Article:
A kind of madness has infected America. Our institutions of higher learning have devolved into political conspiracy making and science has been abandoned. Open inquiry has been quashed in favor of political correctness, adherence to a brand of politics that cannot withstand open scrutiny or debate. Our elected leaders cower in silence or pay obeisance to superstition and eco-hysteria. We live in fear of the next disaster to be perpetrated upon us by our own government.

Perhaps madness is the wrong word. A better word might be fatheadedness, the deliberate dumbing down of individuals, whether through TV, public schools, the Mass Media, or simple personal choice.

Examples abound. After devastating fires in San Diego in 2003, absolutely nothing was done to alleviate the hazard. Then this year the fires returned. In the aftermath of the 2007 fires, nothing will again be done. And megafires will return again, soon, as a consequence. Millions of people are at risk, yet their own democratic governments are hamstrung and can only spout excuses and place blame on the victims.

more »

7 Dec 2007, 3:16pm
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Sorry, But W.I.S.E Has News

In our first manifestation (SOSF original version) we were limited by the single site structure. Now we have multiple subsites and plenty of room to post the daily news-of-the-day about forests, fire, and wildlife.

We do that [here].

We feel we must post this apologia though. The news-of-the-day is consistently horrible. That is not our fault, but posting it is. Sorry. We think it might be useful, and perhaps it is, but it is not fun.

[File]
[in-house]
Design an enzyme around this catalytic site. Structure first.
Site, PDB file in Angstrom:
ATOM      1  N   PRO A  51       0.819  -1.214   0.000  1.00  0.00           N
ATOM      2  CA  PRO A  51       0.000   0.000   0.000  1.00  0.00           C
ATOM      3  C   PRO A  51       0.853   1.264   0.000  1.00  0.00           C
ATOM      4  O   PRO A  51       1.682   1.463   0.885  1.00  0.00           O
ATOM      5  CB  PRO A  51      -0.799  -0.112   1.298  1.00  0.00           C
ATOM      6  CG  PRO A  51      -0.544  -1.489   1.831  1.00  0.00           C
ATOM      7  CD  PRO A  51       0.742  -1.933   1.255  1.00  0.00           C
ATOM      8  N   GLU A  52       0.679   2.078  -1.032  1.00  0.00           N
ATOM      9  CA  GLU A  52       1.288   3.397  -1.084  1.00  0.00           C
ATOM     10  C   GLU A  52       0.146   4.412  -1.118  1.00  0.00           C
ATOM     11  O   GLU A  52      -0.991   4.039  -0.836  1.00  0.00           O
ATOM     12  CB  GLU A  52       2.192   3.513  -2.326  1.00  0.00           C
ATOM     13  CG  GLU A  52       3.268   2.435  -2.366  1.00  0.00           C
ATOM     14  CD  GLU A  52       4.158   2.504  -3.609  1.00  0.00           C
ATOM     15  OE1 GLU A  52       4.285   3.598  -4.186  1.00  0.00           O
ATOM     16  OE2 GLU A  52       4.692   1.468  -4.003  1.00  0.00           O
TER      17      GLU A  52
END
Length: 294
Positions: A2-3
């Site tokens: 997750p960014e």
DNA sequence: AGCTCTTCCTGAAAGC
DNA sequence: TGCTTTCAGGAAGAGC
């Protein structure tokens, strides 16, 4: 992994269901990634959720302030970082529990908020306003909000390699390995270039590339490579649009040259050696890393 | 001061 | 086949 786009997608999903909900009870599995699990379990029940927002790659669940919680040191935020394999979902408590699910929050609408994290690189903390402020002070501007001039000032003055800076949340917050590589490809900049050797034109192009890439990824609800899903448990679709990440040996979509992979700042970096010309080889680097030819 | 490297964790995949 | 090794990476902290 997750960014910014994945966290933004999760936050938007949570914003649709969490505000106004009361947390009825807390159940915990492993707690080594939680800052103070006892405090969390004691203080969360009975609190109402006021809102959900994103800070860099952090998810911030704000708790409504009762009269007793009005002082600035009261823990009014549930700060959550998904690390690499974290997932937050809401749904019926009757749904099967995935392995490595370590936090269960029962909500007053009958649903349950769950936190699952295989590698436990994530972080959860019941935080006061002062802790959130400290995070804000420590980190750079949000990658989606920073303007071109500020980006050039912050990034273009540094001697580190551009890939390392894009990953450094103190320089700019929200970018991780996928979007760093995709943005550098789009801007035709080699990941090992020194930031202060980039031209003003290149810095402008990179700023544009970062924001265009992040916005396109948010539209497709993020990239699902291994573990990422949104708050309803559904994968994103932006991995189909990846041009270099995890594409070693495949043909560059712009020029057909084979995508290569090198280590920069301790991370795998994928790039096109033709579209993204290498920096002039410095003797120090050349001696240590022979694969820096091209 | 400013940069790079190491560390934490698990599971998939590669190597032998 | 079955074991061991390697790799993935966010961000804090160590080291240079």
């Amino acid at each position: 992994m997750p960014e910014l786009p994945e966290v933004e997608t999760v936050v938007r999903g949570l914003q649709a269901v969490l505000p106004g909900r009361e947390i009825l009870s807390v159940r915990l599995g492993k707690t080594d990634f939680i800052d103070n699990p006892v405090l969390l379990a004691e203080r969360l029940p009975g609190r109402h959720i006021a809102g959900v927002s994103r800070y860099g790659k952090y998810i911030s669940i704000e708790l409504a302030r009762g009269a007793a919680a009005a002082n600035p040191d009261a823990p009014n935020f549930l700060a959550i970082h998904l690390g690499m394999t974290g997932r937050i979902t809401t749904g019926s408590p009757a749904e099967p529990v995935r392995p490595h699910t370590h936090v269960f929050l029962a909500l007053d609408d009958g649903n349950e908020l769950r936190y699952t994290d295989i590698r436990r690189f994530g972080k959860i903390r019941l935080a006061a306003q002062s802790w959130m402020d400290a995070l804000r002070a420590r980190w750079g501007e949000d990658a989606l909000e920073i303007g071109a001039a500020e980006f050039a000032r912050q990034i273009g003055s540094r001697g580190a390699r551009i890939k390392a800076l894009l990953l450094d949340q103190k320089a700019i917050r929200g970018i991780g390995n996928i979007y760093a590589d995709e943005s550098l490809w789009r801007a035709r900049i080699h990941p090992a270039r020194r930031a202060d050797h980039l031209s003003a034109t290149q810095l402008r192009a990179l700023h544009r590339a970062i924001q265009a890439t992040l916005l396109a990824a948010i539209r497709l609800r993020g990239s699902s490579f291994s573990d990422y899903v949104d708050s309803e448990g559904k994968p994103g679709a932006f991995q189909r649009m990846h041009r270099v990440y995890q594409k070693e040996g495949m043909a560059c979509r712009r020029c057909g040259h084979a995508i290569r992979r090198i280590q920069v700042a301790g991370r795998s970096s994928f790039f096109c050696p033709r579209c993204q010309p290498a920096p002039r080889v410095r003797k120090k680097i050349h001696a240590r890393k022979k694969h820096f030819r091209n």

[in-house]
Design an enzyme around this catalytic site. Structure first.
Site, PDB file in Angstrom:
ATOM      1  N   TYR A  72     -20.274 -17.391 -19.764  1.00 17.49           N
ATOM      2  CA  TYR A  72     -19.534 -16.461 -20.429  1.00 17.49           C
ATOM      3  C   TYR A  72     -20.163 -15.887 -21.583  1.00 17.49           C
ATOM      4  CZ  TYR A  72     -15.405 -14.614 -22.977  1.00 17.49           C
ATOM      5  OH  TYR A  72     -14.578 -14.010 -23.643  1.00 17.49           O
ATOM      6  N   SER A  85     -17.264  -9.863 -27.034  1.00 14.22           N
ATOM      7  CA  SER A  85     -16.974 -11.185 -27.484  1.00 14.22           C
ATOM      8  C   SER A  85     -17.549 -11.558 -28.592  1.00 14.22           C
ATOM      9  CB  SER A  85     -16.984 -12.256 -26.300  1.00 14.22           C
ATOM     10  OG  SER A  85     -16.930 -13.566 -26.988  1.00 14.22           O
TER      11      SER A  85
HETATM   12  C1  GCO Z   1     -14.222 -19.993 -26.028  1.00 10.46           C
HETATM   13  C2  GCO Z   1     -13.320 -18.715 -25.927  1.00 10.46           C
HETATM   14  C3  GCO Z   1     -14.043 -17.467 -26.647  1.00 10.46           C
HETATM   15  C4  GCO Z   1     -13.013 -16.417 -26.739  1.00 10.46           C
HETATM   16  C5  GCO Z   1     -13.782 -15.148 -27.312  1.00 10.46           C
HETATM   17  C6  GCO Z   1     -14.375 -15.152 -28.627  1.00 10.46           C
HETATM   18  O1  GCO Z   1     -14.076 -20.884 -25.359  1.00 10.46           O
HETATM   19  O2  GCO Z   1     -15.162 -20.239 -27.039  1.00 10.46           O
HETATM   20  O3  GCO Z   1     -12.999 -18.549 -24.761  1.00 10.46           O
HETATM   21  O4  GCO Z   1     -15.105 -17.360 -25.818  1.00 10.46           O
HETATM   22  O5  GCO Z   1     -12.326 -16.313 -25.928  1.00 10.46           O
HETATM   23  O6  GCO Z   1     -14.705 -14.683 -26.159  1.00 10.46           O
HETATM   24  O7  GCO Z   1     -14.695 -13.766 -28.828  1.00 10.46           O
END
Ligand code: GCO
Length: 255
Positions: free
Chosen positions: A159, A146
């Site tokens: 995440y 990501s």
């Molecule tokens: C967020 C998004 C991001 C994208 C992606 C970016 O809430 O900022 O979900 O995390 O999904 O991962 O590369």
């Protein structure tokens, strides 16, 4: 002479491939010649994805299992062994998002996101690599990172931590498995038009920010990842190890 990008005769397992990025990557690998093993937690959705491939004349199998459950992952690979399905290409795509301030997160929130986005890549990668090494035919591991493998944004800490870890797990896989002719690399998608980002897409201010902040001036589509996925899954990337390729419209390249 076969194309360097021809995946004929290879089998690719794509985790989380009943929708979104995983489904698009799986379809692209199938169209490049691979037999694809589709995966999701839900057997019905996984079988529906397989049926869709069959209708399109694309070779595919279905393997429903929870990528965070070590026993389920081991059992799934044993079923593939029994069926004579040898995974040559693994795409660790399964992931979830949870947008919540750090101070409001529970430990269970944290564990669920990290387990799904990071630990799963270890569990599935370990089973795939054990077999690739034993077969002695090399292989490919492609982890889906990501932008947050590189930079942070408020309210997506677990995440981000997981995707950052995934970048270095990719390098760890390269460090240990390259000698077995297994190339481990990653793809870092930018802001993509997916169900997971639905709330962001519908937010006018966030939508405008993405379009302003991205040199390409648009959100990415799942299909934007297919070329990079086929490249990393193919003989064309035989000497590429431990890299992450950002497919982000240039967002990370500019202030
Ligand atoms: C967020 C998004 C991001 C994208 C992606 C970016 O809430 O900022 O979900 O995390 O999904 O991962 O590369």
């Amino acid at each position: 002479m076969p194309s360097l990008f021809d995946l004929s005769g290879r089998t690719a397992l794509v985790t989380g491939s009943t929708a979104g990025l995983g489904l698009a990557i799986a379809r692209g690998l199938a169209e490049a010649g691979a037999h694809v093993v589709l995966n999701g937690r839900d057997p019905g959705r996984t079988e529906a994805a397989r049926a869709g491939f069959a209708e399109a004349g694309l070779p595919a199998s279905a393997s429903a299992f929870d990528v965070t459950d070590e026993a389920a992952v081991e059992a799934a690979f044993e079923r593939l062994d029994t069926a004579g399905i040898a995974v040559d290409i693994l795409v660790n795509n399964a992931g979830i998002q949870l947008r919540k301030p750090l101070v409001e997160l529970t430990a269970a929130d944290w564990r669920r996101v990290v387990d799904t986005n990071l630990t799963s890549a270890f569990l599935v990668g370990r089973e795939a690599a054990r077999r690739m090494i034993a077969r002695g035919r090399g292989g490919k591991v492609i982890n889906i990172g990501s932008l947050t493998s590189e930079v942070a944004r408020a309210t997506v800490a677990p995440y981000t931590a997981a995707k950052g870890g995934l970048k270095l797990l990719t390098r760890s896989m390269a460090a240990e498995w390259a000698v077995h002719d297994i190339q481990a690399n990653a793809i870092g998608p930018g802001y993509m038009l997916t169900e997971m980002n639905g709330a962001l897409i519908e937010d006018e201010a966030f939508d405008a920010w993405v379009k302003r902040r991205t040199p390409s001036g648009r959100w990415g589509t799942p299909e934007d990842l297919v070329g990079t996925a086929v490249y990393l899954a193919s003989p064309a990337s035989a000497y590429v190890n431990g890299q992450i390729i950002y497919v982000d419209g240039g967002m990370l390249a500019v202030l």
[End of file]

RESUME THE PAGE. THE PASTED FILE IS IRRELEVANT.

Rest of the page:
3 Dec 2007, 3:01pm
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The W.I.S.E. Forum

W.I.S.E. is underway. Our intention is to build, over the next few months, the premier online library for forest, fire, and the environmental sciences, with emphasis on the New Paradigm.

The knowledge uncovered, displayed, and explained will be presented to the World At Large for the instruction of Mankind and for the benefit of all creatures and landscapes of this Our Shared Planet.

That’s all very good and promising, but our new schema is much more insidious and revolutionary than just that. The Deep Strategy involves multi-party communication.

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29 Nov 2007, 5:31pm
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Hello There

Here we are. This is it: the new, improved SOS Forests.

How do you like it? Roomy, isn’t it? Before we were rowing a dinghy; now we paddle our mighty canoe in a flotilla. Not quite an armada, but definitely a flotilla.

Take look around. If you get lost, click “SOS Forests” in the left menu. That will bring you back here. Go ahead. We’ll wait.

Hum, hum, hum. See, we are still here.

We did multiply, however. Now there are eight Colloquia subsites, two Commentary subsites, one news subsite, a library, and a forum. Stunning as this might be, yet even more expansions are planned or already in the works.

col·lo·qui·um (k-lkw-m)